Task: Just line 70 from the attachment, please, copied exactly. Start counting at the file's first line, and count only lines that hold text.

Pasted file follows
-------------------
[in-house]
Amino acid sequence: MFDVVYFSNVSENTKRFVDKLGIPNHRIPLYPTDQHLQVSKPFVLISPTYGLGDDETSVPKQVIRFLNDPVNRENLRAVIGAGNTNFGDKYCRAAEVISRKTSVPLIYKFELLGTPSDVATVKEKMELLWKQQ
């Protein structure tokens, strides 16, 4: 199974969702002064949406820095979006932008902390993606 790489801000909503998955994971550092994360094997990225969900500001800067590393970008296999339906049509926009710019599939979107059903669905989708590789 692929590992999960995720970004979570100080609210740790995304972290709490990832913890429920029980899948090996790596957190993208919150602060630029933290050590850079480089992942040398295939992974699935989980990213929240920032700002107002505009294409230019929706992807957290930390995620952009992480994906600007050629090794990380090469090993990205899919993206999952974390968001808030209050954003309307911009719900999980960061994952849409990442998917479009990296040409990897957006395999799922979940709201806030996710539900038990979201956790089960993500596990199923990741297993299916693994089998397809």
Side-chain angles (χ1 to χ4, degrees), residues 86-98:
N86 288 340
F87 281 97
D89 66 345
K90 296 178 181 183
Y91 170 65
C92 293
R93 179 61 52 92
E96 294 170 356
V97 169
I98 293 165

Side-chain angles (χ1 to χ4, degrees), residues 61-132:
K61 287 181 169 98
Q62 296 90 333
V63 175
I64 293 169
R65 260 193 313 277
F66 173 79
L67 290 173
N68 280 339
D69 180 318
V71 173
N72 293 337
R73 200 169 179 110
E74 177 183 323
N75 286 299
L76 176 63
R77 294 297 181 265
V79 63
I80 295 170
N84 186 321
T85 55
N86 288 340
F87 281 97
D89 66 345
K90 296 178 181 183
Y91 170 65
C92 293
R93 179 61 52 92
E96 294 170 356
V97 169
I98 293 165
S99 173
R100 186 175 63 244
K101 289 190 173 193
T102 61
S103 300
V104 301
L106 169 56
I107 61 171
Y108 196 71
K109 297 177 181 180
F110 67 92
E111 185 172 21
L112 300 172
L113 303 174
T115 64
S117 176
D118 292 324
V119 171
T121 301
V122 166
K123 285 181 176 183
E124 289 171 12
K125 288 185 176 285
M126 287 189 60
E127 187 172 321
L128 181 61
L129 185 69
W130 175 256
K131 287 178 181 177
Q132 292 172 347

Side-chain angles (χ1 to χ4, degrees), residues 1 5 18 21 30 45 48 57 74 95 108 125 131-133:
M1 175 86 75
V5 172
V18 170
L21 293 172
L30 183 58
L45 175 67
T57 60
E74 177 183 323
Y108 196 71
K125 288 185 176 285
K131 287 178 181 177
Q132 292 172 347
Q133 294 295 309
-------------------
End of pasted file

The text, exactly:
E127 187 172 321